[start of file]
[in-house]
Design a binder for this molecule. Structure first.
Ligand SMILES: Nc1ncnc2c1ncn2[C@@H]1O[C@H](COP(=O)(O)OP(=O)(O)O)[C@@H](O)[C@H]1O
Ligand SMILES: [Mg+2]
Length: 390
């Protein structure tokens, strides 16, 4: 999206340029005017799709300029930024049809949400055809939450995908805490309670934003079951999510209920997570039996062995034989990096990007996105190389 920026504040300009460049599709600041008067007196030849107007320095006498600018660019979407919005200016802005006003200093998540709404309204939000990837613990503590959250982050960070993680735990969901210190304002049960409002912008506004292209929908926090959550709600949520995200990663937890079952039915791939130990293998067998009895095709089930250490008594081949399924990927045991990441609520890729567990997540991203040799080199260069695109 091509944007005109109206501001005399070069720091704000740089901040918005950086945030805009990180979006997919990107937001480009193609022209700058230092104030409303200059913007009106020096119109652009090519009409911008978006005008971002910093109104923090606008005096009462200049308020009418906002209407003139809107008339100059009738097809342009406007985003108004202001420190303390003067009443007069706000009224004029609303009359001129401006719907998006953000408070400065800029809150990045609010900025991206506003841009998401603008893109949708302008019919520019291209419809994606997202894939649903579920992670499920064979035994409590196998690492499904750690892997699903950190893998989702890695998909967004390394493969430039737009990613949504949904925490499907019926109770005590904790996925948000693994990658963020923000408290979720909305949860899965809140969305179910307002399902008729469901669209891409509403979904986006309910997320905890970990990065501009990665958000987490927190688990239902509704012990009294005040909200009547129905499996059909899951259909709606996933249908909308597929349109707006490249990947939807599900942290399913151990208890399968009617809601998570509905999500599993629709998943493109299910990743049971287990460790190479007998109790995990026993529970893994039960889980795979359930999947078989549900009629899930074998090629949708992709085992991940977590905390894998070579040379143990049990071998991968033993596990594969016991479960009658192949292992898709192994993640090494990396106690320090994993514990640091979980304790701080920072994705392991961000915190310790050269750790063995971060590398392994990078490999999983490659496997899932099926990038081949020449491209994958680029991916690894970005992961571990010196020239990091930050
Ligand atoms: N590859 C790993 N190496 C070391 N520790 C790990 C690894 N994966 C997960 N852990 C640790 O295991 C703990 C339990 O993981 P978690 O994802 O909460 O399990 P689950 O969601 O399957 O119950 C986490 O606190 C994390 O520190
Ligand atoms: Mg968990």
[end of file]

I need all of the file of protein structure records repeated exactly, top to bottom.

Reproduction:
[in-house]
Design a binder for this molecule. Structure first.
Ligand SMILES: Nc1ncnc2c1ncn2[C@@H]1O[C@H](COP(=O)(O)OP(=O)(O)O)[C@@H](O)[C@H]1O
Ligand SMILES: [Mg+2]
Length: 390
């Protein structure tokens, strides 16, 4: 999206340029005017799709300029930024049809949400055809939450995908805490309670934003079951999510209920997570039996062995034989990096990007996105190389 920026504040300009460049599709600041008067007196030849107007320095006498600018660019979407919005200016802005006003200093998540709404309204939000990837613990503590959250982050960070993680735990969901210190304002049960409002912008506004292209929908926090959550709600949520995200990663937890079952039915791939130990293998067998009895095709089930250490008594081949399924990927045991990441609520890729567990997540991203040799080199260069695109 091509944007005109109206501001005399070069720091704000740089901040918005950086945030805009990180979006997919990107937001480009193609022209700058230092104030409303200059913007009106020096119109652009090519009409911008978006005008971002910093109104923090606008005096009462200049308020009418906002209407003139809107008339100059009738097809342009406007985003108004202001420190303390003067009443007069706000009224004029609303009359001129401006719907998006953000408070400065800029809150990045609010900025991206506003841009998401603008893109949708302008019919520019291209419809994606997202894939649903579920992670499920064979035994409590196998690492499904750690892997699903950190893998989702890695998909967004390394493969430039737009990613949504949904925490499907019926109770005590904790996925948000693994990658963020923000408290979720909305949860899965809140969305179910307002399902008729469901669209891409509403979904986006309910997320905890970990990065501009990665958000987490927190688990239902509704012990009294005040909200009547129905499996059909899951259909709606996933249908909308597929349109707006490249990947939807599900942290399913151990208890399968009617809601998570509905999500599993629709998943493109299910990743049971287990460790190479007998109790995990026993529970893994039960889980795979359930999947078989549900009629899930074998090629949708992709085992991940977590905390894998070579040379143990049990071998991968033993596990594969016991479960009658192949292992898709192994993640090494990396106690320090994993514990640091979980304790701080920072994705392991961000915190310790050269750790063995971060590398392994990078490999999983490659496997899932099926990038081949020449491209994958680029991916690894970005992961571990010196020239990091930050
Ligand atoms: N590859 C790993 N190496 C070391 N520790 C790990 C690894 N994966 C997960 N852990 C640790 O295991 C703990 C339990 O993981 P978690 O994802 O909460 O399990 P689950 O969601 O399957 O119950 C986490 O606190 C994390 O520190
Ligand atoms: Mg968990």